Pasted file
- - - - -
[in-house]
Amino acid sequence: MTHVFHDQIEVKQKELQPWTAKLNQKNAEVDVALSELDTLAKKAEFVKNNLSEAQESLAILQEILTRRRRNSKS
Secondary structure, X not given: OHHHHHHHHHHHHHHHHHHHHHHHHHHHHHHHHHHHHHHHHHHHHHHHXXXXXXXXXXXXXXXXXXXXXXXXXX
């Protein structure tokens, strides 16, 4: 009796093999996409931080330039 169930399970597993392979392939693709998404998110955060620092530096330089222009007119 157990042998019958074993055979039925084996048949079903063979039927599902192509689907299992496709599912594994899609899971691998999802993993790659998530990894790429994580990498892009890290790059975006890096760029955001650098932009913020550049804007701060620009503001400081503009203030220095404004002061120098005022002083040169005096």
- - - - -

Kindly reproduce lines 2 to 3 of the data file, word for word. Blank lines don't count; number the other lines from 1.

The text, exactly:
Amino acid sequence: MTHVFHDQIEVKQKELQPWTAKLNQKNAEVDVALSELDTLAKKAEFVKNNLSEAQESLAILQEILTRRRRNSKS
Secondary structure, X not given: OHHHHHHHHHHHHHHHHHHHHHHHHHHHHHHHHHHHHHHHHHHHHHHHXXXXXXXXXXXXXXXXXXXXXXXXXX